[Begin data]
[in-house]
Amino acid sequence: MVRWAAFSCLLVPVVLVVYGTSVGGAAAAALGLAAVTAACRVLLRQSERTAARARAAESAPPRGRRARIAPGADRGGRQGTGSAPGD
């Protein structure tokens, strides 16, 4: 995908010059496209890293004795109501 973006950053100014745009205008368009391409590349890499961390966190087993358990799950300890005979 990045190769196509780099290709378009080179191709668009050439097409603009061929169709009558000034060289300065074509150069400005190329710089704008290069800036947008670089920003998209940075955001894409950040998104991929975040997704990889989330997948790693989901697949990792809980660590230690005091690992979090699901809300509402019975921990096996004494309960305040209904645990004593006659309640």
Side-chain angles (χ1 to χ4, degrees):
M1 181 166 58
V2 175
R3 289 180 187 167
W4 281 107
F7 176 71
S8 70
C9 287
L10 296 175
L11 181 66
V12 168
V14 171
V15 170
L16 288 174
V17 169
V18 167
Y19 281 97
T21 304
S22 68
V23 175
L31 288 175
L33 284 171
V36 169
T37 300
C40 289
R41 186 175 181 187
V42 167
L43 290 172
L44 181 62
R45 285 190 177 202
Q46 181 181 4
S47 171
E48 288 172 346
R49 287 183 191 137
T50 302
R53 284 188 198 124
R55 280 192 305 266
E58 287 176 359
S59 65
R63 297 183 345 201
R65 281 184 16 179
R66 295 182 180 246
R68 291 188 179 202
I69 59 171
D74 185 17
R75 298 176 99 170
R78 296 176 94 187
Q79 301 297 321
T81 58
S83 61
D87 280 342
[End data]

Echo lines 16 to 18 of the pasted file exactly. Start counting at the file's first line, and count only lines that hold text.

V15 170
L16 288 174
V17 169